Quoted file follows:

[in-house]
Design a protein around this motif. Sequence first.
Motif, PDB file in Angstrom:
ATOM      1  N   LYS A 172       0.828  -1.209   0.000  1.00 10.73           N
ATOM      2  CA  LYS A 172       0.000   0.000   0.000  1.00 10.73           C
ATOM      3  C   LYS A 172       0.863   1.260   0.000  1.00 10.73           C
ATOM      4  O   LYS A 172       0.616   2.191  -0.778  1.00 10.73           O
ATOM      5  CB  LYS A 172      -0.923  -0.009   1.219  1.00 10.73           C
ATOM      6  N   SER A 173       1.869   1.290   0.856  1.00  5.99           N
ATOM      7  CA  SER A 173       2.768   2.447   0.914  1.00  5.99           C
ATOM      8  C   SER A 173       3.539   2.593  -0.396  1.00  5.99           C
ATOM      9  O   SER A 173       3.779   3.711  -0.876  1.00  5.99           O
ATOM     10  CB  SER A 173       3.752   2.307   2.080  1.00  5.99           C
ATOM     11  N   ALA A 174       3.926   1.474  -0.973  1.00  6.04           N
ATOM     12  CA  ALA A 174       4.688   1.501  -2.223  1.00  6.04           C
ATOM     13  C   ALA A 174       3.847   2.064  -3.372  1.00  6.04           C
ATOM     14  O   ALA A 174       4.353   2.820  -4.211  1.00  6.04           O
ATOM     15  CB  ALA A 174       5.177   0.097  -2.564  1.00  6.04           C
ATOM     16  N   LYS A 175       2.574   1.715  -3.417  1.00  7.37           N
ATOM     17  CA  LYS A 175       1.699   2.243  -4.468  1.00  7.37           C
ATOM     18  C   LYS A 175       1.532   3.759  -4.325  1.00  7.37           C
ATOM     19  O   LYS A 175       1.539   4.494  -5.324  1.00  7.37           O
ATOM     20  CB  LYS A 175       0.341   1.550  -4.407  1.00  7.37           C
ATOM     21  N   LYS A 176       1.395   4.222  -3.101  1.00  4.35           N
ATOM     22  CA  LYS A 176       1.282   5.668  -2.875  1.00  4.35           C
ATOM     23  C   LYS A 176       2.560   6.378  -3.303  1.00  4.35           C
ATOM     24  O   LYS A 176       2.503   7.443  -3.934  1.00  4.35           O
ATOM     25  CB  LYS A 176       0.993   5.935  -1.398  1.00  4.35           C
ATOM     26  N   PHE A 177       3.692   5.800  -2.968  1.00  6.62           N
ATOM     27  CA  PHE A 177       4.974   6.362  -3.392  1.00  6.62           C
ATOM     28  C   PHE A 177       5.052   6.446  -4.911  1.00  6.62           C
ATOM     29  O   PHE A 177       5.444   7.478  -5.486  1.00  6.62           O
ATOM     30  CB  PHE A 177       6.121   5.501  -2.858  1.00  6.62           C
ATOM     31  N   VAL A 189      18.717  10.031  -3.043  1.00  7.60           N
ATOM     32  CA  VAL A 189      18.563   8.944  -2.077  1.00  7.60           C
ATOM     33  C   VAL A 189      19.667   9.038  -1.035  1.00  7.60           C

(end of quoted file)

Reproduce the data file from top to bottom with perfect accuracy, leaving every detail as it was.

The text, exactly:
[in-house]
Design a protein around this motif. Sequence first.
Motif, PDB file in Angstrom:
ATOM      1  N   LYS A 172       0.828  -1.209   0.000  1.00 10.73           N
ATOM      2  CA  LYS A 172       0.000   0.000   0.000  1.00 10.73           C
ATOM      3  C   LYS A 172       0.863   1.260   0.000  1.00 10.73           C
ATOM      4  O   LYS A 172       0.616   2.191  -0.778  1.00 10.73           O
ATOM      5  CB  LYS A 172      -0.923  -0.009   1.219  1.00 10.73           C
ATOM      6  N   SER A 173       1.869   1.290   0.856  1.00  5.99           N
ATOM      7  CA  SER A 173       2.768   2.447   0.914  1.00  5.99           C
ATOM      8  C   SER A 173       3.539   2.593  -0.396  1.00  5.99           C
ATOM      9  O   SER A 173       3.779   3.711  -0.876  1.00  5.99           O
ATOM     10  CB  SER A 173       3.752   2.307   2.080  1.00  5.99           C
ATOM     11  N   ALA A 174       3.926   1.474  -0.973  1.00  6.04           N
ATOM     12  CA  ALA A 174       4.688   1.501  -2.223  1.00  6.04           C
ATOM     13  C   ALA A 174       3.847   2.064  -3.372  1.00  6.04           C
ATOM     14  O   ALA A 174       4.353   2.820  -4.211  1.00  6.04           O
ATOM     15  CB  ALA A 174       5.177   0.097  -2.564  1.00  6.04           C
ATOM     16  N   LYS A 175       2.574   1.715  -3.417  1.00  7.37           N
ATOM     17  CA  LYS A 175       1.699   2.243  -4.468  1.00  7.37           C
ATOM     18  C   LYS A 175       1.532   3.759  -4.325  1.00  7.37           C
ATOM     19  O   LYS A 175       1.539   4.494  -5.324  1.00  7.37           O
ATOM     20  CB  LYS A 175       0.341   1.550  -4.407  1.00  7.37           C
ATOM     21  N   LYS A 176       1.395   4.222  -3.101  1.00  4.35           N
ATOM     22  CA  LYS A 176       1.282   5.668  -2.875  1.00  4.35           C
ATOM     23  C   LYS A 176       2.560   6.378  -3.303  1.00  4.35           C
ATOM     24  O   LYS A 176       2.503   7.443  -3.934  1.00  4.35           O
ATOM     25  CB  LYS A 176       0.993   5.935  -1.398  1.00  4.35           C
ATOM     26  N   PHE A 177       3.692   5.800  -2.968  1.00  6.62           N
ATOM     27  CA  PHE A 177       4.974   6.362  -3.392  1.00  6.62           C
ATOM     28  C   PHE A 177       5.052   6.446  -4.911  1.00  6.62           C
ATOM     29  O   PHE A 177       5.444   7.478  -5.486  1.00  6.62           O
ATOM     30  CB  PHE A 177       6.121   5.501  -2.858  1.00  6.62           C
ATOM     31  N   VAL A 189      18.717  10.031  -3.043  1.00  7.60           N
ATOM     32  CA  VAL A 189      18.563   8.944  -2.077  1.00  7.60           C
ATOM     33  C   VAL A 189      19.667   9.038  -1.035  1.00  7.60           C